Interpretive Marker 7 – The Sherlock Holmes of Fort Zachary Taylor
Farther down the sidewalk toward the Northwest Spiral Staircase is the “Sherlock Holmes” marker. No, not the Sherlock Holmes of Baker Street fame, but the man hailed as the “Sherlock Holmes of Fort Zachary Taylor” by Marita Adair Hildalgo, a magazine writer in 1984.
Her article chronicled Howard England’s work as the original explorer of the ruins of Fort Taylor, the first curator of the National Landmark site, and the first permanent Park Ranger at the Fort. He worked for 16 and a half years to bring the Fort to public prominence and then into the Florida Park System.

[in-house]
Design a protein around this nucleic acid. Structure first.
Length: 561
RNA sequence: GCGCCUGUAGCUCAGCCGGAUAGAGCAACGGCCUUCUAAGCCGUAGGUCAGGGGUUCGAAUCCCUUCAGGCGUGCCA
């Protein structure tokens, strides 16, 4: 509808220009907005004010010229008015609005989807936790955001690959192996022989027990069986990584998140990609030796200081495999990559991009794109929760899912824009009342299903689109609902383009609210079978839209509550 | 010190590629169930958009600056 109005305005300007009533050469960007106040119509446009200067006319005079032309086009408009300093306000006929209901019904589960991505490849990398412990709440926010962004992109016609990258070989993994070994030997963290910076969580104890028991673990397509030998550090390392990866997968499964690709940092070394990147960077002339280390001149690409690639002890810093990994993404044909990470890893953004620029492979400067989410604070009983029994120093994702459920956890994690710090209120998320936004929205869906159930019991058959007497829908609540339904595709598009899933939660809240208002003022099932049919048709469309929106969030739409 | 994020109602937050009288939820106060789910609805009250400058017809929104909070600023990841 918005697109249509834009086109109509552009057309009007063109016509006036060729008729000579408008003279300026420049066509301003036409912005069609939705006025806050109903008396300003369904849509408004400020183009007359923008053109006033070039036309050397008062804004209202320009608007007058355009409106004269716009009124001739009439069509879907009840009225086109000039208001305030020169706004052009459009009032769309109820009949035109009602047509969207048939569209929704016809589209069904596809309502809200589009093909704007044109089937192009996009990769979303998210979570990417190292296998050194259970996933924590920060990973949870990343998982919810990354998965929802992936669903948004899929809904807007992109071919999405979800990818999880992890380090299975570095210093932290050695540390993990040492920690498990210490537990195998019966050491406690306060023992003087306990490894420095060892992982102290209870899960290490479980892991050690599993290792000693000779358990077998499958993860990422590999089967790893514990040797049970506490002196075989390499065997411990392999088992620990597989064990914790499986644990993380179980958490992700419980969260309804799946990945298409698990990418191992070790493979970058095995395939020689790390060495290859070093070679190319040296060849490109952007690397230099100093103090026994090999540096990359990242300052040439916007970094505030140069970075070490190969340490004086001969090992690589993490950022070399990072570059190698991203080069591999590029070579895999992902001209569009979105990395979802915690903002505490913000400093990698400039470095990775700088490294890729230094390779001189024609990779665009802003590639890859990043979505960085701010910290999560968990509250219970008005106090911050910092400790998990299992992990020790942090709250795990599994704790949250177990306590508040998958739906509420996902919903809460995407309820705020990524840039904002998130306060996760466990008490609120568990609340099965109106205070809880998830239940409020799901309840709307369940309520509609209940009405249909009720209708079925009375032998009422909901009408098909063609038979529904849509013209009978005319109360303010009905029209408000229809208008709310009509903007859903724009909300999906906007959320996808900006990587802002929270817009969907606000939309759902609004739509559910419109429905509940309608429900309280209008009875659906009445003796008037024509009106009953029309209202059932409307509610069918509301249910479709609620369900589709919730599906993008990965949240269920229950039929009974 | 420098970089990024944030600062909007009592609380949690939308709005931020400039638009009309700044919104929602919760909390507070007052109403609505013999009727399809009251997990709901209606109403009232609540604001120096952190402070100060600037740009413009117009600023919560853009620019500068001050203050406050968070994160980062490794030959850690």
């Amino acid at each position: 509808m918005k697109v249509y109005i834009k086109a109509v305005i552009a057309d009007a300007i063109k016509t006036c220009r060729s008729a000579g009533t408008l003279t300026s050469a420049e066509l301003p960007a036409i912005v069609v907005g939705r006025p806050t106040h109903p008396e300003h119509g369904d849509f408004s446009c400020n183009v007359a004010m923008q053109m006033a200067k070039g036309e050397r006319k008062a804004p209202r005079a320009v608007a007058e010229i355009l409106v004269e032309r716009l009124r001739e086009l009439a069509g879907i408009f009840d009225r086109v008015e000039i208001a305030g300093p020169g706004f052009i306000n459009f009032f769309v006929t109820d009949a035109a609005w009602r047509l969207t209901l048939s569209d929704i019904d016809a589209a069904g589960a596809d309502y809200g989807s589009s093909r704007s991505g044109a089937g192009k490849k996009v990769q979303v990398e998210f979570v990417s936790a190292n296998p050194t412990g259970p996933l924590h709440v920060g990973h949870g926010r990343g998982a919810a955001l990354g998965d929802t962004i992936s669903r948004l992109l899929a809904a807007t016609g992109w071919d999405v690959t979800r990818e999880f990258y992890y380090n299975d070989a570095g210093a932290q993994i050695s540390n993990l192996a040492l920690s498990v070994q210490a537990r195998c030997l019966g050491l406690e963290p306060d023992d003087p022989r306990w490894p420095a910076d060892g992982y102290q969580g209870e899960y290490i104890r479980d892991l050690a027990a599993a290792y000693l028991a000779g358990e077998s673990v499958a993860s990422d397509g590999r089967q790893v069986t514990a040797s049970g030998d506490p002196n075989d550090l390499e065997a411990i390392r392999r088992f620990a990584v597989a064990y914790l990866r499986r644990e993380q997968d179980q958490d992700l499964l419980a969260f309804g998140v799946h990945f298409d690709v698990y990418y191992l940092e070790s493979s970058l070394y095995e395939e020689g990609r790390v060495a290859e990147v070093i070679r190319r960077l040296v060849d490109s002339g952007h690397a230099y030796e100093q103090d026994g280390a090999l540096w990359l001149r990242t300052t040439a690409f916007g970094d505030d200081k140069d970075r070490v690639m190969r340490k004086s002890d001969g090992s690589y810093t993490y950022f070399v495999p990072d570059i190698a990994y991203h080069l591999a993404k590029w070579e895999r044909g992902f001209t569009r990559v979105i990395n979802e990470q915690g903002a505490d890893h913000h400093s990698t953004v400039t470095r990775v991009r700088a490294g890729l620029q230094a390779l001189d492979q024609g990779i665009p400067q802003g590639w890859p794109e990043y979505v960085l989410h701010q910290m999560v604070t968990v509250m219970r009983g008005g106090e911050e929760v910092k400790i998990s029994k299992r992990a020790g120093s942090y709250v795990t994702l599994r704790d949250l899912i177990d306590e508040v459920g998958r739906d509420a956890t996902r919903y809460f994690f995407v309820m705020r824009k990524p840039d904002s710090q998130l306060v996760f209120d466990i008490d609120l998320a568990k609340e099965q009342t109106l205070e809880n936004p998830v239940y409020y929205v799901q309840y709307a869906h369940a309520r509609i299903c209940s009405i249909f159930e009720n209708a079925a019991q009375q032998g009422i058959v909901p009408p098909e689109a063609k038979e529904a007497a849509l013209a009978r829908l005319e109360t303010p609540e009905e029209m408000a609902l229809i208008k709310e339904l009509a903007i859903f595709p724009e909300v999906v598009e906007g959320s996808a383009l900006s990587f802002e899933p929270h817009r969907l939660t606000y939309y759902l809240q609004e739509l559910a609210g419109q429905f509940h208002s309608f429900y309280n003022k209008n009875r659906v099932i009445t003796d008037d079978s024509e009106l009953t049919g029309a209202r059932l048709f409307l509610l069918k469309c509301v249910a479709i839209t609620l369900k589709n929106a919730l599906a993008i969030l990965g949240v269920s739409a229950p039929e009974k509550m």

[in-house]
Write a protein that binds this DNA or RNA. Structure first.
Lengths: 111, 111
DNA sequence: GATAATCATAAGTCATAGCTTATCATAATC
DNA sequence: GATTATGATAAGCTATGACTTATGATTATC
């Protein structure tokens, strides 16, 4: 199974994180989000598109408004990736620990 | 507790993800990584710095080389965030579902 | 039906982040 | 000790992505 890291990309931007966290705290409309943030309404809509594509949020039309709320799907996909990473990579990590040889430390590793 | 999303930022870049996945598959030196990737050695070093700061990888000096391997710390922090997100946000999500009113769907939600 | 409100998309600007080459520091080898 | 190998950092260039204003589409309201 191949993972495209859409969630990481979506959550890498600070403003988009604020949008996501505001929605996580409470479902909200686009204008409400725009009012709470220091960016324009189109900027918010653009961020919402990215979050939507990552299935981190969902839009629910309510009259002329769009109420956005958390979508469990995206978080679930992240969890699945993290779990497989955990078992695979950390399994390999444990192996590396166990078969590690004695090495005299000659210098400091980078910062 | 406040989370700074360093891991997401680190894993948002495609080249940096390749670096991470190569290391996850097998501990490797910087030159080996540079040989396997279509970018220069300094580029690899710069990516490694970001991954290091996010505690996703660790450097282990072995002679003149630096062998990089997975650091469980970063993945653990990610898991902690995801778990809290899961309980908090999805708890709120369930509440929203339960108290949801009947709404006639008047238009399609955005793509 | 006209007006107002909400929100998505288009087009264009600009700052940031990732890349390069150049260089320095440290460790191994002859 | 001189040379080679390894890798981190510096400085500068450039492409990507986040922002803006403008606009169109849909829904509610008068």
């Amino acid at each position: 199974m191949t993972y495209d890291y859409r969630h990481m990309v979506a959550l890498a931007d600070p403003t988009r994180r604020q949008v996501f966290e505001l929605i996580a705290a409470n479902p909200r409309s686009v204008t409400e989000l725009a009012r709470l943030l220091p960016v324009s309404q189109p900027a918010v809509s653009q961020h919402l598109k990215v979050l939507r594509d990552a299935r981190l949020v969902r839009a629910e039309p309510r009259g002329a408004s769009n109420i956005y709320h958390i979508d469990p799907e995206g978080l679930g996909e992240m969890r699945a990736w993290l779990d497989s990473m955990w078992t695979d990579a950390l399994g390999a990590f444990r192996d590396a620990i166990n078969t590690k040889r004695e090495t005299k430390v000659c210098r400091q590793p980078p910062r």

Beginning in 1968, first as an unpaid volunteer, then as a State of Florida hourly employee, and finally as an official Park Ranger, he dedicated his life to the Fort. Along with his volunteers, that he called “sand hogs” for all the underground work they did, he uncovered weapons and ammunition buried in 1898 in the South Curtain of the Fort.
Howard England’s single-handed accomplishments are truly heroic when you consider the volume of earth, rubble, granite, slate, and iron that were dug out of the Fort – mostly by hand and mostly by him. In 1983, he was recognized by the Director of the Florida Park Service with the first Distinguished Service Award and medal. In 2000, he was recognized as a “Great Floridian.” Today’s Fort Zachary Taylor Historic State Park is a testament to his vision of a historic and recreational treasure for the people of Florida and the world. When asked why he worked so tirelessly on the Fort, his simple reply was, “Someone had to do it.”